Andy Shallal, owner of the Busboys and Poets restaurant/bookstore/venue chain, has kept it super simple. Using an earthier clay tone as his background, there’s no slogan and no date on his signage. This designs particular take on the D.C. flag is a sneaky one. The 3 stars sit casually between the large ‘ANDY’ type and the smaller words ‘for mayor’ underneath, while the two bars slink below like a wave in the ocean, moving outside of the outline drawn within the rectangle. Maybe this is a metaphor for the businessman’s desire to draw outside the lines if he gets in office.

Council member Tommy Wells, D-Ward 6, has actually made some changes in 2014. The old yard signs featured a skyline designed to represent his image for a liveable, walkable city. The sky blue background and residential skyline was an image that if nothing else, didn’t look awful on the lawn.

Now, they’ve gone more direct. No D.C. flag, no primary dates, no nothing. Just his name, what he’s running for and his website. He’s also got limited edition scarves coming out, presumably to tackle the soccer fan demographic. “His name stands on its own and isn’t dependent on any other graphic/artwork context,” Communications Director Julia Robey Christian said about the new signs. “Essentially, the simplification of his visual identity is a means to more efficiently and effectively communicate the most important part of our message. … Less is more, if you will.”

But, somewhat shockingly, the Number One Stunna of them all comes from one of the most straight-laced guys on the ballot, Jack Evans. His bold red-background look has a very ‘look at me’ feel in a way that doesn’t read like screaming. And he’s deployed a half-dozen different signs, all with different hashtags highlighting issues that the Ward 2 Council member finds important: ethics, jobs, marriage equality, safe streets and schools. They were designed by intern Daniel Nussbaum.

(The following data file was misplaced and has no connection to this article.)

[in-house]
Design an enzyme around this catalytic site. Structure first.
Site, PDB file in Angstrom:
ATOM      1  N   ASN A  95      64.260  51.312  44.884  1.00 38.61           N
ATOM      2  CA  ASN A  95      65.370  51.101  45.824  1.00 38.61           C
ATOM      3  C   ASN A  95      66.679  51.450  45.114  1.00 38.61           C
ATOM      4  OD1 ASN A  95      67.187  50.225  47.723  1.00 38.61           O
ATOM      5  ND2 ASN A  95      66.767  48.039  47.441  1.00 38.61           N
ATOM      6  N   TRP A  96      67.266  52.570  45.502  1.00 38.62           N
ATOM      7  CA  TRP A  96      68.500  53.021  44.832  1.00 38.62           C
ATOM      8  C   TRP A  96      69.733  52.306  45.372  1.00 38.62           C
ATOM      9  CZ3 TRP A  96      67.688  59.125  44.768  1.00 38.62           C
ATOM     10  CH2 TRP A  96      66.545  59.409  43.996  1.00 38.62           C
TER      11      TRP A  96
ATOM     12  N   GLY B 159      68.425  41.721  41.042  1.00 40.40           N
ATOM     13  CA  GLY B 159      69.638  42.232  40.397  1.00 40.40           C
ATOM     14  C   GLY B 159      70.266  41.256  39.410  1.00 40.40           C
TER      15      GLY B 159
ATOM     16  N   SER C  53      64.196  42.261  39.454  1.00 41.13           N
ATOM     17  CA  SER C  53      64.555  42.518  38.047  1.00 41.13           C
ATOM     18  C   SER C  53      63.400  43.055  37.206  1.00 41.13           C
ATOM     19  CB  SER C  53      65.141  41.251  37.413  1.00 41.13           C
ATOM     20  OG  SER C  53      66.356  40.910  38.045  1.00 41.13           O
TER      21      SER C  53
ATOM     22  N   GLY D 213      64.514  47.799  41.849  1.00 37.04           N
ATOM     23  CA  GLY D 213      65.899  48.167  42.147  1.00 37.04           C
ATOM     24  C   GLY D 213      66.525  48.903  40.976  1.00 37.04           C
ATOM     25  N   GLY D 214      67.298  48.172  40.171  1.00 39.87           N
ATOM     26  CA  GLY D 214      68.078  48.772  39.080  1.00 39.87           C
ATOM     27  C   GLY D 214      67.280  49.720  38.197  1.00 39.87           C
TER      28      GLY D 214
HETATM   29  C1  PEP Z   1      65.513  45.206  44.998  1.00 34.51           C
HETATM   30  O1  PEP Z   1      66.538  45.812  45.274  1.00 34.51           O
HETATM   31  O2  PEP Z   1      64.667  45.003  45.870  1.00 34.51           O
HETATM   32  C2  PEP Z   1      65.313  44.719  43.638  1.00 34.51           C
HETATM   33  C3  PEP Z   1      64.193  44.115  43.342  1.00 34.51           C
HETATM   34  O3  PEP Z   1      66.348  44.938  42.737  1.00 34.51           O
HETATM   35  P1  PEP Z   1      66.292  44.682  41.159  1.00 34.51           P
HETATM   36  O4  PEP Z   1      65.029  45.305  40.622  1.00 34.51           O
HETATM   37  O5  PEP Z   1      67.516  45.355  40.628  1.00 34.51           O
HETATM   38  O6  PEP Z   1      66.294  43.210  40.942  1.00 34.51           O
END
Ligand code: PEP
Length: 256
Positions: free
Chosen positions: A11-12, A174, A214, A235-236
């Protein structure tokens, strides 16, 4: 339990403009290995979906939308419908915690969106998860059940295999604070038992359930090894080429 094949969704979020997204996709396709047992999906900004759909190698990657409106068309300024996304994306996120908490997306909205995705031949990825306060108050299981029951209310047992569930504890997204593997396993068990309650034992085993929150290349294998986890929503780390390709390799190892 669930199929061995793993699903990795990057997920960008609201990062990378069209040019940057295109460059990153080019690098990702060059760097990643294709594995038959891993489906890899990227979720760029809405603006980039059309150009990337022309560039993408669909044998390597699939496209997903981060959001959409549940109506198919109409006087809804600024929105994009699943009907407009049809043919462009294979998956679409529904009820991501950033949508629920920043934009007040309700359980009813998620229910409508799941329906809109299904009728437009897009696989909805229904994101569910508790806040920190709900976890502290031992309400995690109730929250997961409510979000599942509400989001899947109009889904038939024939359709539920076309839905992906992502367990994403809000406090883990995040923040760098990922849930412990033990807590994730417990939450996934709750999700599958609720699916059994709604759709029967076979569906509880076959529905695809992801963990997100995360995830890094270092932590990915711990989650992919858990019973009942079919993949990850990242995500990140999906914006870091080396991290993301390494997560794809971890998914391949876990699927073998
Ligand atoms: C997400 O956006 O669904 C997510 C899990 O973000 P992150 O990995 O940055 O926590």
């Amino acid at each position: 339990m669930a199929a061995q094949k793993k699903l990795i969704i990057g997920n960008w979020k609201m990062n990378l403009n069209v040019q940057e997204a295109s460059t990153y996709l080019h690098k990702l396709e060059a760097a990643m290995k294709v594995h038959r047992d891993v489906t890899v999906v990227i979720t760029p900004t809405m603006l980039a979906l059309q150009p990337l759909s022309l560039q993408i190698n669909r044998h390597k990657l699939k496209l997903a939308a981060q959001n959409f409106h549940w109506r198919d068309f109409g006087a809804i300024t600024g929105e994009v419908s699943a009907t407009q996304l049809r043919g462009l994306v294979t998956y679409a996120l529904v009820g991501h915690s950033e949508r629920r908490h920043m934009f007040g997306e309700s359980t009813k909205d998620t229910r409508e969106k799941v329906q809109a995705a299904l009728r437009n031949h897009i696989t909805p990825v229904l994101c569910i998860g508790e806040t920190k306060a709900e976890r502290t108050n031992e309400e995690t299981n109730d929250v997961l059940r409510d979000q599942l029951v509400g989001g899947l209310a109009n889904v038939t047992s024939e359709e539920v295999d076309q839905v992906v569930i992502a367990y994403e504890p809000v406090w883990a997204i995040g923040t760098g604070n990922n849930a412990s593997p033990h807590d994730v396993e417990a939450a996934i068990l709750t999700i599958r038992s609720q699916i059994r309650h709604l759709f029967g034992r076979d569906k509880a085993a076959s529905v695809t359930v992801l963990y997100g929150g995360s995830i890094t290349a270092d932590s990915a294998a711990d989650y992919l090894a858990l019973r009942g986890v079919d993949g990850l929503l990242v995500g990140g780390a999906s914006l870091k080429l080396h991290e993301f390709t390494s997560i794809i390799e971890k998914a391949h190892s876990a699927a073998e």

Credit is due to the Evans campaign for understanding that hashtags aren’t just a Twitter thing, it’s now a broader term for simply spotlighting a something specific. Smart visual strategy.  “The colors and stars on our signs are an ode to the DC flag and represent the pride Jack Evans has for the District. The hash-tags are an innovative display of the issues Jack cares most about, that’s why most signs depict #jobs,” campaign spokesman Jermaine House said in an e-mail.

Overall, nobody has really moved outside of the box this year as far as campaign imagery is concerned. And while some believe that this kind of old-school advertising doesn’t matter at all, you never know. Unfortunately, as far as the District has tried to come in recent years in terms of dealing with corruption and reputation, perception is still reality.

Ironically, my favorite reply from a candidate about mayoral campaign artwork came from Carlos Allen. When asked about what he was using to visually represent himself, he offered up a response that coincidentally,  I think may apply to his chances to win as well.

“Don’t have any,” he said.

Clinton Yates is a D.C. native and an online columnist. When he's not covering the city, pop culture or listening to music, he watches sports. A lot of them.